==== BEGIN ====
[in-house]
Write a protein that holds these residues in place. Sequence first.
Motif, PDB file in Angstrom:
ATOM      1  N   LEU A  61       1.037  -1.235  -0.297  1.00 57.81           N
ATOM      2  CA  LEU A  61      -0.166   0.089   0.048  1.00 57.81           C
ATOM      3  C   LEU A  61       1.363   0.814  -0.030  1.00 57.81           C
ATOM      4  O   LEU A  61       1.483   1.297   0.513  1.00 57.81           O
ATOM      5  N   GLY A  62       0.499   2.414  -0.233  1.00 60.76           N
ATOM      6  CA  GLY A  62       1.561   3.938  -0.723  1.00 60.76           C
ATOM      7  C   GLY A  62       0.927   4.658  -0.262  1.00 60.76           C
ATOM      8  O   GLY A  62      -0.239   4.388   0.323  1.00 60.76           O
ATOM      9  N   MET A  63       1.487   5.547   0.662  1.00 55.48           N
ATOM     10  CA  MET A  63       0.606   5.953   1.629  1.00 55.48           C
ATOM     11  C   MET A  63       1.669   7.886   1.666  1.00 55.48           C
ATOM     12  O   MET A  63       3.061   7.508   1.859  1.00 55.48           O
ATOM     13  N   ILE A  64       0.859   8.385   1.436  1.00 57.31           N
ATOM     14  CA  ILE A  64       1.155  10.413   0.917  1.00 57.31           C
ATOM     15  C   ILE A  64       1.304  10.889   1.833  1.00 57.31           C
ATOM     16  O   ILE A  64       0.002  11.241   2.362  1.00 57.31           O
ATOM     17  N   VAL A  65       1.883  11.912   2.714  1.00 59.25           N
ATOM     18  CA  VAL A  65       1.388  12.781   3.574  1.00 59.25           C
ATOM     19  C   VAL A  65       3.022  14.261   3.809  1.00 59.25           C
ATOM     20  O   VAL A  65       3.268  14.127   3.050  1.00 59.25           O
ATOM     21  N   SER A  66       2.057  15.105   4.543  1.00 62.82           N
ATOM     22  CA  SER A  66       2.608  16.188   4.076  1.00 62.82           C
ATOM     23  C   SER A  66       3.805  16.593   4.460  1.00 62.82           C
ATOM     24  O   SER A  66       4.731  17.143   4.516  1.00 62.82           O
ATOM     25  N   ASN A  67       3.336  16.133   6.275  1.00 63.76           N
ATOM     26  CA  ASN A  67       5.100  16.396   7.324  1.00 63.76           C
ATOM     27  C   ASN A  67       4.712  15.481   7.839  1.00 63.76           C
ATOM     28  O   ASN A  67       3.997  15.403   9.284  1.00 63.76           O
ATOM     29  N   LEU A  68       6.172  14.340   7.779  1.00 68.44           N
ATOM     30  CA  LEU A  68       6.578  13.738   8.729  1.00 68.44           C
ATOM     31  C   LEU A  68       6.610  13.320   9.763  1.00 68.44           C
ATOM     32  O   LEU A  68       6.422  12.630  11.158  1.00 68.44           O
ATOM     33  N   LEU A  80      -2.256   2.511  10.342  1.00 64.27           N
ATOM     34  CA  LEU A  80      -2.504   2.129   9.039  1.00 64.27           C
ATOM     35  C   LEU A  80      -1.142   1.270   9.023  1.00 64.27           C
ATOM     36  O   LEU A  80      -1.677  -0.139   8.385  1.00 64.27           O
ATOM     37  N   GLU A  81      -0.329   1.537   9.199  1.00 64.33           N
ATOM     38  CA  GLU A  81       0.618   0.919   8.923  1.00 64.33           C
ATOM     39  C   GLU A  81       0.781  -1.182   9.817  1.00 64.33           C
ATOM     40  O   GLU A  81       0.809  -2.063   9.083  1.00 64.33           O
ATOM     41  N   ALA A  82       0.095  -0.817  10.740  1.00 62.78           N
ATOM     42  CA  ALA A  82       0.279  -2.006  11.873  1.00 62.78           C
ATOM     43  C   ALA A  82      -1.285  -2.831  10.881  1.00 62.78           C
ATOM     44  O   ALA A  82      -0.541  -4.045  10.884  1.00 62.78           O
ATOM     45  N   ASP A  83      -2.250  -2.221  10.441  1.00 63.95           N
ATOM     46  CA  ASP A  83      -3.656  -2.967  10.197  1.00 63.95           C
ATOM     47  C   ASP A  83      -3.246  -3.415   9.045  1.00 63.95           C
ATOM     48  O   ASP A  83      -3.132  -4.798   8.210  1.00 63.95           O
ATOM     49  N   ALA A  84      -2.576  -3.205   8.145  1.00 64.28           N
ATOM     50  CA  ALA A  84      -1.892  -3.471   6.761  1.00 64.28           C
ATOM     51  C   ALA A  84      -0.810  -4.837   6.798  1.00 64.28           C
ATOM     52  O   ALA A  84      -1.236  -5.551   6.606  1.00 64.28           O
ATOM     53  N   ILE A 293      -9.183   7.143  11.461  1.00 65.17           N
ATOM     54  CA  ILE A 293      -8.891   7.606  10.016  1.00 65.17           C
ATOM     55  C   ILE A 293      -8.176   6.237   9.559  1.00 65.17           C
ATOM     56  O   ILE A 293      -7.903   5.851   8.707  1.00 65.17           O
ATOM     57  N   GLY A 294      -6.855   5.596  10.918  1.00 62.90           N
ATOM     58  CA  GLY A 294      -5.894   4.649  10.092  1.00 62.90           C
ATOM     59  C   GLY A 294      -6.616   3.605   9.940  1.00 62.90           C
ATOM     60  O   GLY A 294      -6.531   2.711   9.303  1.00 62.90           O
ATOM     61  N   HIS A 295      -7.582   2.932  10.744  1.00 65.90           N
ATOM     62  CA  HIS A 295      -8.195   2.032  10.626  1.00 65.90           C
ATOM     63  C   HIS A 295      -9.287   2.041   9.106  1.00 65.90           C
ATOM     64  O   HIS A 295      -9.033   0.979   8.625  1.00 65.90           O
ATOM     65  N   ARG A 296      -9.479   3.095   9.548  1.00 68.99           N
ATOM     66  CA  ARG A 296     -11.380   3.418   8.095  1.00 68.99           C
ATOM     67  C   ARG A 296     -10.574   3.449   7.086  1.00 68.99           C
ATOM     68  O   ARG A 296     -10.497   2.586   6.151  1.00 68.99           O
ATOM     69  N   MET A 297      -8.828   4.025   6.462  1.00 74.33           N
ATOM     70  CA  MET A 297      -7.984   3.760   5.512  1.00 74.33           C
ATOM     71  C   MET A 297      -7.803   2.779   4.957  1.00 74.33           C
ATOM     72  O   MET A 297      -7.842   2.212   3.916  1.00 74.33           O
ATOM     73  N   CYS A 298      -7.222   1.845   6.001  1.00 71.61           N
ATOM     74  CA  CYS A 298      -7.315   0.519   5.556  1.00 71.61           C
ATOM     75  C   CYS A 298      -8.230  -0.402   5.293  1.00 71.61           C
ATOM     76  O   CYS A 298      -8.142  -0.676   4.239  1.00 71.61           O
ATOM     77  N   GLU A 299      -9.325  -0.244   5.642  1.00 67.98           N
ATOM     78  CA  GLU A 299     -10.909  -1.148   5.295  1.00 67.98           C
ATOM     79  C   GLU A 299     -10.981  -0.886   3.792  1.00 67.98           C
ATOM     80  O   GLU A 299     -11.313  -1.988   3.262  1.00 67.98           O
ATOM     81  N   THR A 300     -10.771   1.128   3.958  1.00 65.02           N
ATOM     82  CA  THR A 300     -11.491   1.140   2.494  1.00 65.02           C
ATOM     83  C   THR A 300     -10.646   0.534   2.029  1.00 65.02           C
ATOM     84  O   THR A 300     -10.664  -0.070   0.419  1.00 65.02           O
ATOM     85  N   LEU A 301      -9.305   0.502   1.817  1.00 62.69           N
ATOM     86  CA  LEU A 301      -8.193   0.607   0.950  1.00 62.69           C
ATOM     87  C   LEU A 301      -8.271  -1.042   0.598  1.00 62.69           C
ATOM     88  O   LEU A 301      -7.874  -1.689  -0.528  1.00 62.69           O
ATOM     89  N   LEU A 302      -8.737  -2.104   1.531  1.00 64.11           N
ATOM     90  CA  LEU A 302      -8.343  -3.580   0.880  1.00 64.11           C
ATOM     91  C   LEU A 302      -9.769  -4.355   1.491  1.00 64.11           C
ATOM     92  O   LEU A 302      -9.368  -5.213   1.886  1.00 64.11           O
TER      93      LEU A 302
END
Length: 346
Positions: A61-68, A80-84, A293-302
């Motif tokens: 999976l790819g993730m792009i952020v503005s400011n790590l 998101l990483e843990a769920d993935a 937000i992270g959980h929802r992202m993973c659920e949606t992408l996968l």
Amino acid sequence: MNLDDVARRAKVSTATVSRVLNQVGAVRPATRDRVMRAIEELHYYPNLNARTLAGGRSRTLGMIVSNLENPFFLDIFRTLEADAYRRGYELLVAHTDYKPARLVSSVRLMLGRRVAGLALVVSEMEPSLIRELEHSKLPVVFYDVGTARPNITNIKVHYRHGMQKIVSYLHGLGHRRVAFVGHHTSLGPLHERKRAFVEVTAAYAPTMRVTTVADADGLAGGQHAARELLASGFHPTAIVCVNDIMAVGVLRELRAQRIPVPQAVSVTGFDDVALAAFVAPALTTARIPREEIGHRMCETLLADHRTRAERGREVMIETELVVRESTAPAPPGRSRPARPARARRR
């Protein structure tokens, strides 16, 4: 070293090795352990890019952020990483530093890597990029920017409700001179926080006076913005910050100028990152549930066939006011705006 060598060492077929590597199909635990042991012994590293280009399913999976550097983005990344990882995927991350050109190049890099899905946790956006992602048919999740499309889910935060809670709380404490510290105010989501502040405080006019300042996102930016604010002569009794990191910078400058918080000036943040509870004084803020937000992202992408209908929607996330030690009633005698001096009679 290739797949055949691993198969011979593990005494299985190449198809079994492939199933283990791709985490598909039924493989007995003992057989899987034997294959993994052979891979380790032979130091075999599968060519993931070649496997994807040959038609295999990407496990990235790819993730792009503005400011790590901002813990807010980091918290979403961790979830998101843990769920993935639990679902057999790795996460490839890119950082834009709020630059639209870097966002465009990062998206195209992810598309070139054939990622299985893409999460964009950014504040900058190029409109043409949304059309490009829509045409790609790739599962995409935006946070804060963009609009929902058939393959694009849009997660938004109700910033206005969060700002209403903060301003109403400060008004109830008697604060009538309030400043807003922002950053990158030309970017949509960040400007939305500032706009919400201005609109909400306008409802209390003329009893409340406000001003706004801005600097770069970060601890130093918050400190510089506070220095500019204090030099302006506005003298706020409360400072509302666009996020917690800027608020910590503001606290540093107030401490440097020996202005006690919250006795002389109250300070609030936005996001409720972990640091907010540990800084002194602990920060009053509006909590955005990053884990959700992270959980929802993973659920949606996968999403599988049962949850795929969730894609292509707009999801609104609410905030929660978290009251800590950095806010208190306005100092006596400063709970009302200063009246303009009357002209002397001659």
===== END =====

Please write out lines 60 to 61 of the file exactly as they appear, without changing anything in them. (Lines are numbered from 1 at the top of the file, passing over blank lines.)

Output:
ATOM     57  N   GLY A 294      -6.855   5.596  10.918  1.00 62.90           N
ATOM     58  CA  GLY A 294      -5.894   4.649  10.092  1.00 62.90           C